Is the direct selling opportunity real or a scam?
Because direct selling is not governed by any federal law and even the state laws tend to defer in different places, direct selling has had a bit of a bad reputation as being fraught with less than reputable opportunities and in some cases outright fraud. The direct selling Association at www.DSA.org offers the following advice for checking out any panic selling opportunity before you buy into it.
- Identify the company that you are dealing with. Check out the recent list of member of companies or look into your local phone book.
- Take your time deciding. Be patient and look at all aspects of the direct selling opportunity. Look at the track record of the company. If you are getting in too late it might mean that you may not a very successful in recruiting others to join up to you in the case of a multilevel marketing business. A legitimate opportunity will not disappear overnight. Think about long-term business benefits and revenue potential.
- Ask questions. Contact the business opportunity and asked the company pertinent questions regarding its leadership, products, services, startup costs, cost of doing business, average running of distributors, return policies and anything else that you are concerned about. Get a copy of or company literature and read.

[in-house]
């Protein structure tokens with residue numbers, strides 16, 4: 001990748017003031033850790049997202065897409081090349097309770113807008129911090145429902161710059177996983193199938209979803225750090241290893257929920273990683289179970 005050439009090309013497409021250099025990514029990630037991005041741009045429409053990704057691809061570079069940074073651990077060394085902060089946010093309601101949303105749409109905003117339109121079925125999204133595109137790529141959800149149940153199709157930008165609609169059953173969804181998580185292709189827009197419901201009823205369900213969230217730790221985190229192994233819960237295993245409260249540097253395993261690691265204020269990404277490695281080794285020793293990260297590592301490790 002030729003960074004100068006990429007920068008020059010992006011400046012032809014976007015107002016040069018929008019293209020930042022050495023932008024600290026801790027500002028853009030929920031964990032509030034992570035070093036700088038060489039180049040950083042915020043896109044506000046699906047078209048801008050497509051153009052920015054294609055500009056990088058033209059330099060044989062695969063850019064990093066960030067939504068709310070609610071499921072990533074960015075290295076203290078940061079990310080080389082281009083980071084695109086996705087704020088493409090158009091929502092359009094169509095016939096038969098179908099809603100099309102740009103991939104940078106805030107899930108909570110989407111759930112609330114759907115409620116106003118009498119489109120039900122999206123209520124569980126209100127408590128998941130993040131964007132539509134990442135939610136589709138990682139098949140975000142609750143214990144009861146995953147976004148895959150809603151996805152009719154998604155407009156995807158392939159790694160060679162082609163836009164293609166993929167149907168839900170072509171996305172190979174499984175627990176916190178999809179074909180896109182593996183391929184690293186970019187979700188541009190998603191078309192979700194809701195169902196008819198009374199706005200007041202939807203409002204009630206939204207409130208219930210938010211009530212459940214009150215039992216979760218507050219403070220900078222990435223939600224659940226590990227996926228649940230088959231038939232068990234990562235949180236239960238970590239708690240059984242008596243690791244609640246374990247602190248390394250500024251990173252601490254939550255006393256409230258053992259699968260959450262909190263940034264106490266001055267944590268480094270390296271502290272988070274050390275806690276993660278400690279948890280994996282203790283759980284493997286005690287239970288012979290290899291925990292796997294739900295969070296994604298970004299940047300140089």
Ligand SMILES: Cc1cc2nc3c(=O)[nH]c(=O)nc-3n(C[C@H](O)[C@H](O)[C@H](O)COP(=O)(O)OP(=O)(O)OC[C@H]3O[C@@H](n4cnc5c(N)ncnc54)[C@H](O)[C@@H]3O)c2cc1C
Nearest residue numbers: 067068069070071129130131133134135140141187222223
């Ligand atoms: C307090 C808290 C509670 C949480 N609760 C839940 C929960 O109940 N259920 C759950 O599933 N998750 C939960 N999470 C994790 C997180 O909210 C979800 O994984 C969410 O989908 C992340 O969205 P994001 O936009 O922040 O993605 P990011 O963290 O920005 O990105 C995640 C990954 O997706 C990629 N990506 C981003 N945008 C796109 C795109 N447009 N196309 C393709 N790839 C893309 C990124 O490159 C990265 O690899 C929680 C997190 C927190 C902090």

- Consult others who have worked with the company and its products. Check to see if the products or services are actually being sold to consumers.
- Investigate and verify all information. Don’t assume that the information presented to you by a person trying to recruit you into the target selling opportunity is genuine even if it is officially presented and it looks professional. Check all facts with the parent company.
- Check the list of direct selling associate members on www.DSA.org or call the Better Business Bureau, state Atty. Gen.’s office.